U.S. and Russia Announce Ceasefire for Syria After Trump-Putin Meeting

Turkish soldiers stand in a Turkish army tank driving back to Turkey from the Syrian-Turkish border town of Jarabulus on September 2, 2016 in the Turkish-Syrian border town of Karkamis

On Friday, as President Donald Trump met with Russian President Vladimir Putin, the U.S. State Department confirmed the two sides had reached a ceasefire agreement in Syria. Secretary of State Rex Tillerson called it, “the first indication of the U.S. and Russia being able to work together in Syria.”

“We spent a very, very lengthy period on Syria. With a great amount of detail on the agreement, we concluded today but also where we go,” Tillerson said of the meeting between Trump and Putin.

CBS News and the Associated Press report that Jordan and Israel, which border on southern Syria, are also part of the plan. Jordanian Minister of Media Affairs Mohammed Momani announced on Friday that the ceasefire would go into effect at noon local time on Sunday, July 9.

It remains to be seen whether the Syrian military, rebel forces, and assorted terrorist gangs will honor the agreement. The track record of previous ceasefires has not been encouraging. One hopeful sign noted by CBS/AP is that the Syrian government has already announced a four-day unilateral suspension of combat operations, which will end just before the U.S.-Russia deal goes into effect.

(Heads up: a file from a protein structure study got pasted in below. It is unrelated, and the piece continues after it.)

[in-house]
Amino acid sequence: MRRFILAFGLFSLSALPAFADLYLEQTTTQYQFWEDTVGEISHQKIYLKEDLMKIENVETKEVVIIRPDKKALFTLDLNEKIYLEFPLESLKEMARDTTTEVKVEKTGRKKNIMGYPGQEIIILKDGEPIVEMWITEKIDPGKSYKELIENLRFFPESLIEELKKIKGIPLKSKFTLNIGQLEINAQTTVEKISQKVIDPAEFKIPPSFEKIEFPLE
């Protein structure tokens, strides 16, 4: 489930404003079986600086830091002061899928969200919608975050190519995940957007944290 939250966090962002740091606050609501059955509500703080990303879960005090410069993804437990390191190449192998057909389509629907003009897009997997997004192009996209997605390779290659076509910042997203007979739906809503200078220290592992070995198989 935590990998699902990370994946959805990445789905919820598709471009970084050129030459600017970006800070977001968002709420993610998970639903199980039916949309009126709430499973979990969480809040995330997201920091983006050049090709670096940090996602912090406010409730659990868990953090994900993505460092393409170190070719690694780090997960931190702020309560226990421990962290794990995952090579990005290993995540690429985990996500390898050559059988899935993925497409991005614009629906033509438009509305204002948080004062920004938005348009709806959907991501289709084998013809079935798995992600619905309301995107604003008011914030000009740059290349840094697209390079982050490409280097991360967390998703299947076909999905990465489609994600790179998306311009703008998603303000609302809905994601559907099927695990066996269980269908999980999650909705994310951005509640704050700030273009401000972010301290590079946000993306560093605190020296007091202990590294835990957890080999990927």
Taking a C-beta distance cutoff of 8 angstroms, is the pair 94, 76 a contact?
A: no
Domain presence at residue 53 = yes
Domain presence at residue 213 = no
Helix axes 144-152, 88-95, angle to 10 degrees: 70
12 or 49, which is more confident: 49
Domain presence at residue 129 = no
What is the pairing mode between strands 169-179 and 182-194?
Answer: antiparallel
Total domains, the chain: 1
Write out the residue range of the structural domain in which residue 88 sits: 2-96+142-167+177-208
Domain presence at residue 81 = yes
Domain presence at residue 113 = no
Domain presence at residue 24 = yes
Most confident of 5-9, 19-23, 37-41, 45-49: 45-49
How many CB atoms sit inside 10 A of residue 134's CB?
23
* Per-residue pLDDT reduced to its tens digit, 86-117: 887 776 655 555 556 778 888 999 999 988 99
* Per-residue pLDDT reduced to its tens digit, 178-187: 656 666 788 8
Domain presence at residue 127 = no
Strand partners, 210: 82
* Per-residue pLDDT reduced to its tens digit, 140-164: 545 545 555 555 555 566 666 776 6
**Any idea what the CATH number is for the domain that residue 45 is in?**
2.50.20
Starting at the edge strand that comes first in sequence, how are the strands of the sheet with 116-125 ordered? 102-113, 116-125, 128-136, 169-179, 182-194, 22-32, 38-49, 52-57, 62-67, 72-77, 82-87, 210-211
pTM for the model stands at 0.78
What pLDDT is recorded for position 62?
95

The new ceasefire announcement is considered separate from the “de-escalation” plans Russia has brokered with Iran and Turkey through peace talks in Kazakhstan, which pointedly excluded the United States. The latest round of talks in Kazakhstan this week fell short of producing a final ceasefire plan because a few of the parties actually shooting at each other in Syria seemed willing to sign on. A Russian-Turkish initiative to deploy troops from Kazakhstan or Kyrgyzstan to monitor Syrian de-escalation zones also appears to have fizzled.

It marks a positive shift in relations between America and Russia after such incidents as the U.S. cruise missile strike on a Syrian airbase to retaliate for a chemical weapons attack by the Syrian regime and Russia threatening to target warplanes from the U.S.-led coalition if they entered certain regions of Syria’s airspace.

This week, Secretary Tillerson said President Trump was interested in discussing no-fly zones and the delivery of humanitarian aid with Putin, along with a monitored ceasefire. Tillerson also cautioned the Syrian regime and its allies from rushing in to occupy areas where the U.S. and its coalition partners have routed ISIS.

Notably, Tillerson dropped dictator Bashar Assad squarely in Russia’s lap, describing Russia as “guarantor of the Assad regime” and saying it “has a responsibility to ensure that the needs of the Syrian people are met.”

He returned to that point after Trump’s meeting with Putin on Friday, claiming rather optimistically that American and Russia have similar objectives in Syria other than the fate of Assad’s regime. He insisted that the United States continues to “see no long-term role for Assad” in Syria, and insisting the endgame for that tormented country will involve a “transition from the Assad family.”


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